Berlusconi-Led Political Crisis Looming in Italy; Mediaset Suffers
ROME – The political crisis sparked by parliamentary forces allied with billionaire media tycoon Silvio Berlusconi heating up -- and Berlusconi's Mediaset is paying a price.
Italian prime minister Enrico Letta hastily returned from New York to meet with President Giorgio Napolitano in an effort to stave off the crisis that has threatened to boil over as Berlusconi's allies threatened to withdraw support for the Letta government if Parliament takes away Berlusconi's Senate seat. The vote is scheduled for Oct. 4.
Earlier in the week, Napolitano scolded Berlusconi supporters for threats against the Letta government.
The debate on that seat was precipitated by a Supreme Court ruling to uphold a lower court's conviction against Berlusconi on tax evasion and false accounting in connection with content acquisition deals between Berlusconi's Mediaset and U.S. studios.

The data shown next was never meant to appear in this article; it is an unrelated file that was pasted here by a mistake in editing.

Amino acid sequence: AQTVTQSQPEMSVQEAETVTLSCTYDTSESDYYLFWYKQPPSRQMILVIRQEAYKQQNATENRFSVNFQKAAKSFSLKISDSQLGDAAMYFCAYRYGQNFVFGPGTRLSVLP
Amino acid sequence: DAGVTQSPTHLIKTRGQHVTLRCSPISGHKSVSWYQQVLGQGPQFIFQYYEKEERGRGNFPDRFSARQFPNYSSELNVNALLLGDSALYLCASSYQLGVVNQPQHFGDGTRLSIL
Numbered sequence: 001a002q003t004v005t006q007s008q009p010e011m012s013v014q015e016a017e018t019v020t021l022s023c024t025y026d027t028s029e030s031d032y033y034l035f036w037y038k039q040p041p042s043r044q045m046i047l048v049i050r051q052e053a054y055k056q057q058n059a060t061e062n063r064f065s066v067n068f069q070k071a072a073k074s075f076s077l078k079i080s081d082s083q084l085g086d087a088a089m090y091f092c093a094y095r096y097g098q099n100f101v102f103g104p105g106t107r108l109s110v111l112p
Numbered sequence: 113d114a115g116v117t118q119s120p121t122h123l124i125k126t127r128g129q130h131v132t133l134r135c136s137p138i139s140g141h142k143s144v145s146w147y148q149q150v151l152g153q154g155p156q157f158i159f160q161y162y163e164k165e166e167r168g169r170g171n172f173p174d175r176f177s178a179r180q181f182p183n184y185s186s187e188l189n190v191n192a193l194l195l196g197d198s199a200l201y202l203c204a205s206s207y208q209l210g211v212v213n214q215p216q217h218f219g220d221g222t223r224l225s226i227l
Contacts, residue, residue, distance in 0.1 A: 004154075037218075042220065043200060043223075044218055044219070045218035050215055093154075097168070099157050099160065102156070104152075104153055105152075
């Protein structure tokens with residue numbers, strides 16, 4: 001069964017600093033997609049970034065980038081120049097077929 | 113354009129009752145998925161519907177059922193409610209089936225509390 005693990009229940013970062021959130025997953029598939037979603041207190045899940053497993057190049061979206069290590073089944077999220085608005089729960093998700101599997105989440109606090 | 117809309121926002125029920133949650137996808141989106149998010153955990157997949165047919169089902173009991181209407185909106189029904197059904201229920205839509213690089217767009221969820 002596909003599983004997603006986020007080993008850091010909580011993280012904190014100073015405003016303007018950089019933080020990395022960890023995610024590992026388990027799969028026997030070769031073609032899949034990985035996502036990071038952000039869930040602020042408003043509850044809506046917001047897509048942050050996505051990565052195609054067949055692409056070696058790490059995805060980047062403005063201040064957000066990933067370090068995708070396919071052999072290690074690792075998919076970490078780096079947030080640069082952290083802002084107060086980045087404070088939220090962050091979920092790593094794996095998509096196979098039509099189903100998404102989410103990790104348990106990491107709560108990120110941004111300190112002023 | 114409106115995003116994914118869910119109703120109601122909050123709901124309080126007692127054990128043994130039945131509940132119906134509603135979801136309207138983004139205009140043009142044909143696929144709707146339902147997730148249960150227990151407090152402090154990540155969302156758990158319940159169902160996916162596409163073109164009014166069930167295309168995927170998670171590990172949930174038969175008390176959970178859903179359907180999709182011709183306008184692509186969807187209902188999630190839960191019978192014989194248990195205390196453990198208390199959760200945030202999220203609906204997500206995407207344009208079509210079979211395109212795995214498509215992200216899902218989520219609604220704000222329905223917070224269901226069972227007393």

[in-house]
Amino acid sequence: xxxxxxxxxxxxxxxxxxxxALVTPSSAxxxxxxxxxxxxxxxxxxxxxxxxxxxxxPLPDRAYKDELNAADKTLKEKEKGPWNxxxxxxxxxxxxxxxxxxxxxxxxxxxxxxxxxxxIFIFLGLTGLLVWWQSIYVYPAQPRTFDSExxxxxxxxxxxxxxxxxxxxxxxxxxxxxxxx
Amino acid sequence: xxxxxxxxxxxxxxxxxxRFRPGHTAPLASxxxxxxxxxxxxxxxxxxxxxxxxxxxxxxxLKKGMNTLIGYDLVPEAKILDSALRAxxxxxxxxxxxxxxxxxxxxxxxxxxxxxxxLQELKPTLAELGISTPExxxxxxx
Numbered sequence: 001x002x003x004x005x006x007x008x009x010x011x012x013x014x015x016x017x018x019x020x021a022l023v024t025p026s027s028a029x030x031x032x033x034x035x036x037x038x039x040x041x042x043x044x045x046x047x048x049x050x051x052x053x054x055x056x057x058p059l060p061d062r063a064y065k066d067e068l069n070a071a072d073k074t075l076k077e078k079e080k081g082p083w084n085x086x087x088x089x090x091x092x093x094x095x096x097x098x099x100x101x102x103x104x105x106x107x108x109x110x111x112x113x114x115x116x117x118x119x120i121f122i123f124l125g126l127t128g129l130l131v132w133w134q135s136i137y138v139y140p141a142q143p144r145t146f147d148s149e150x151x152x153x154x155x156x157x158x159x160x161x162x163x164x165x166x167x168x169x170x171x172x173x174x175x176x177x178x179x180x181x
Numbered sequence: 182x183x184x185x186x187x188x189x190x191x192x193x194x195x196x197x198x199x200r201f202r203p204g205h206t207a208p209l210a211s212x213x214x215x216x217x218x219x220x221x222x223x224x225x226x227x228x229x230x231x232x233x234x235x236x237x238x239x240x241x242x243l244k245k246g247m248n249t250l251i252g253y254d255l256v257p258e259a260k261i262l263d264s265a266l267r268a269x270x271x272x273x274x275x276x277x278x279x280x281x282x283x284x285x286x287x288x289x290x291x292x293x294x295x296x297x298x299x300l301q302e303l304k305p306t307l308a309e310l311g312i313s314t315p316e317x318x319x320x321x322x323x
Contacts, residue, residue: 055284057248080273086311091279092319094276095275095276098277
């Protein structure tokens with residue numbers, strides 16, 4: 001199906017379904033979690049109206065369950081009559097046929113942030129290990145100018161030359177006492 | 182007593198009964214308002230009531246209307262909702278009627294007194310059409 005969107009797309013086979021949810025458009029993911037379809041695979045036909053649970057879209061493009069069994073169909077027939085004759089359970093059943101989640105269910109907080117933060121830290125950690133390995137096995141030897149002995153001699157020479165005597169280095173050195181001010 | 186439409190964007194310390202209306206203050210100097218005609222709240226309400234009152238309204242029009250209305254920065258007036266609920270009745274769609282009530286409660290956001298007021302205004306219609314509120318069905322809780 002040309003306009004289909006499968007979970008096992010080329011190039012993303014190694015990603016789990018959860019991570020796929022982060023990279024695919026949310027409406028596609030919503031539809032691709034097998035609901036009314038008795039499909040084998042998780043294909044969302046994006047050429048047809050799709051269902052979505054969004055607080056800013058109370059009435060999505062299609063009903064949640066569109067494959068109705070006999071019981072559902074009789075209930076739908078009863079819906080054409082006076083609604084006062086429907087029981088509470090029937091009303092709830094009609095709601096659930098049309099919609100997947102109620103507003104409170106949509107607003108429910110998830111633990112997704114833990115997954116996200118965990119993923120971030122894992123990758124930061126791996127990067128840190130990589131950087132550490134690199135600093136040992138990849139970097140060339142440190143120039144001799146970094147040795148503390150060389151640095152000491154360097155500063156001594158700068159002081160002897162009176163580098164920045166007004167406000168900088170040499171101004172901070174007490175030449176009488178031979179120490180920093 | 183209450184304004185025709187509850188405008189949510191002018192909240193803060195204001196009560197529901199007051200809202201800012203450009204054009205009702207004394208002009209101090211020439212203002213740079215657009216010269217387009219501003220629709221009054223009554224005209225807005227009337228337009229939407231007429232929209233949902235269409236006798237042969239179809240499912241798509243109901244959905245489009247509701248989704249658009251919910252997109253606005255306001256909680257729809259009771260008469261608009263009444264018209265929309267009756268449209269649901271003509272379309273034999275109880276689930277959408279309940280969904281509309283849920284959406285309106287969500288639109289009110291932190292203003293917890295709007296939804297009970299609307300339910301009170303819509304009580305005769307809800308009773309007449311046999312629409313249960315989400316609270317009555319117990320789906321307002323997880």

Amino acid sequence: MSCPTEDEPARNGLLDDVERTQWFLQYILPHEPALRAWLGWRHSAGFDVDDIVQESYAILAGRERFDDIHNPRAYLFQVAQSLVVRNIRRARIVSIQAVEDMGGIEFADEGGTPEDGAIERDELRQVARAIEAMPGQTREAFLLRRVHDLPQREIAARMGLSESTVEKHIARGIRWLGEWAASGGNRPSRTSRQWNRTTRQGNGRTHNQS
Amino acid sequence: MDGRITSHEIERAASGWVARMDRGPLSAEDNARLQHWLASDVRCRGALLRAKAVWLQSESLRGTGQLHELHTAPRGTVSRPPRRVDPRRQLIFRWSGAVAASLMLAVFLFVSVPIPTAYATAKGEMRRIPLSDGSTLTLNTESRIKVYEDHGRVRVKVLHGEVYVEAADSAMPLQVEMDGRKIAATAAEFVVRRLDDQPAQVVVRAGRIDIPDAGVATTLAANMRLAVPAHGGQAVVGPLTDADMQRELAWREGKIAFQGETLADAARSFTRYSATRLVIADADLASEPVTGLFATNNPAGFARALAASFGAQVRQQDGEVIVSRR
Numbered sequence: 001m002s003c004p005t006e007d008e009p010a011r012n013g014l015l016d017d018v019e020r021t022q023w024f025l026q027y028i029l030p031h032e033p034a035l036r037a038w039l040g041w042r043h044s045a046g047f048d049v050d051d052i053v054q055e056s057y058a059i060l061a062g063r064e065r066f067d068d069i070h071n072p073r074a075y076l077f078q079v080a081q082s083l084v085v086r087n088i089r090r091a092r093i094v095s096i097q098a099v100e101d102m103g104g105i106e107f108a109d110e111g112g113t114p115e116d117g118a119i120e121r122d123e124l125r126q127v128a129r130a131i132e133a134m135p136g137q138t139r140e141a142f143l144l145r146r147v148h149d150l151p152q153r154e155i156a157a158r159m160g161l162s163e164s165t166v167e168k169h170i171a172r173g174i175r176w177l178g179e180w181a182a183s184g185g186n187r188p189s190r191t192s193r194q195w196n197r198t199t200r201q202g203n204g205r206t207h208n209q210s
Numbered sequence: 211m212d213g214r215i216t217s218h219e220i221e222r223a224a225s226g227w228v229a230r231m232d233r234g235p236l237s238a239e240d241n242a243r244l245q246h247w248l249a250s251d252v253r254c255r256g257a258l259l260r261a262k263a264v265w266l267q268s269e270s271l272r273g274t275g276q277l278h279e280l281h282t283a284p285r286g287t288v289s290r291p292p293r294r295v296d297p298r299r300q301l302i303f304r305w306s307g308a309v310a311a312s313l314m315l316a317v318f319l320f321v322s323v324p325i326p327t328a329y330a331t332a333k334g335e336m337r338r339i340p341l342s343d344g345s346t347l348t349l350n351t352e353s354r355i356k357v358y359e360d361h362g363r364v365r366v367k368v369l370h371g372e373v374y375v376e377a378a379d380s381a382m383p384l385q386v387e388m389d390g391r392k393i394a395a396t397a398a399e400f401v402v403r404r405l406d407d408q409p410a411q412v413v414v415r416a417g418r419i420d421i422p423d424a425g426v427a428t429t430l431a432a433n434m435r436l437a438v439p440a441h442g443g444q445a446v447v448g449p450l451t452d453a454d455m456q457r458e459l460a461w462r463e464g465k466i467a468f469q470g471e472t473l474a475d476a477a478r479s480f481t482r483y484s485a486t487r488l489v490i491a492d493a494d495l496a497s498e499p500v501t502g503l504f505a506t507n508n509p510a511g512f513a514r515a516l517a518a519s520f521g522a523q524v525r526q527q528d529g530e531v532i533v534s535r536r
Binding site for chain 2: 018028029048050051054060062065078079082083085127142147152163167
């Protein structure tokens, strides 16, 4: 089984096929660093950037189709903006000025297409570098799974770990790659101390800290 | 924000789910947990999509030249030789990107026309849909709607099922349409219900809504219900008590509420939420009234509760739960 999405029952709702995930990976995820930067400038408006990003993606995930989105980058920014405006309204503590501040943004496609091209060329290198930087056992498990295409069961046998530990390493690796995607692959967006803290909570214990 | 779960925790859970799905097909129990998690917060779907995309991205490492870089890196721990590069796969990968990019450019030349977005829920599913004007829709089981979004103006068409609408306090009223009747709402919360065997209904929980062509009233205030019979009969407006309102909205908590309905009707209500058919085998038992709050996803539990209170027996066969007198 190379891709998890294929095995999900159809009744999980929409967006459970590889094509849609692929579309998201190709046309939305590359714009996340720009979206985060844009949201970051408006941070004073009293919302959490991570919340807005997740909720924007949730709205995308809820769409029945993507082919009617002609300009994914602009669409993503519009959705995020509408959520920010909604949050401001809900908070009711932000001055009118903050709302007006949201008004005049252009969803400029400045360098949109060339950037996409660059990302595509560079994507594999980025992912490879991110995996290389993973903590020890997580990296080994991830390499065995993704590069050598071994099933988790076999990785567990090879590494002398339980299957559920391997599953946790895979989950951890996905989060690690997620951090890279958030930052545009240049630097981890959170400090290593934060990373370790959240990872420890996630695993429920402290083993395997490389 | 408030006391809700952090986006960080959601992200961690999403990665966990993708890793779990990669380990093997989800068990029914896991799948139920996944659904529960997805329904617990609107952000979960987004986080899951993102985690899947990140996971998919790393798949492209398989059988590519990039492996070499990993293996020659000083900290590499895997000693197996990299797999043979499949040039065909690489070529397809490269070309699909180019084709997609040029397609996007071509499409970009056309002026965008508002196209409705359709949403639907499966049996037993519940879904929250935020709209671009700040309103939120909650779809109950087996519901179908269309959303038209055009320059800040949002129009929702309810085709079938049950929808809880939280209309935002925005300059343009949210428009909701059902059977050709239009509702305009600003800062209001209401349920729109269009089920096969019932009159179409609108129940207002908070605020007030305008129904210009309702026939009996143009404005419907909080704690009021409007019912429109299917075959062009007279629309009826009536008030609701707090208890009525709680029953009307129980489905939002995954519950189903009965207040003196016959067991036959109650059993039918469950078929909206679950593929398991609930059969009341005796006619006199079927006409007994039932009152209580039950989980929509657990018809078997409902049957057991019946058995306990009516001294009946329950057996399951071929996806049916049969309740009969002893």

The brewing crisis has been bad news for Mediaset, one of Europe's largest television and cinema conglomerates. The shares have risen in only one trading session since Sept. 16, losing nearly 10 percent of their value over that span before closing trading Friday at €3.13 ($4.16). Analysts said investors are worried that a prolonged political crisis involving Berlusconi could cause problems for the company.
Until the latest stretch, Mediaset shares had been among the biggest gainers on the Italian Stock Exchange so far this year.
If Berlusconi's allies pull their support, the Letta government would almost surely collapse. But if the 76-year-old Berlusconi makes the government fall for clear reasons of self-interest, it could hurt his political support and possibly damage his chances for another political comeback in the future.
Letta and Napolitano are expected to meet over the weekend to seek a solution to avert a crisis.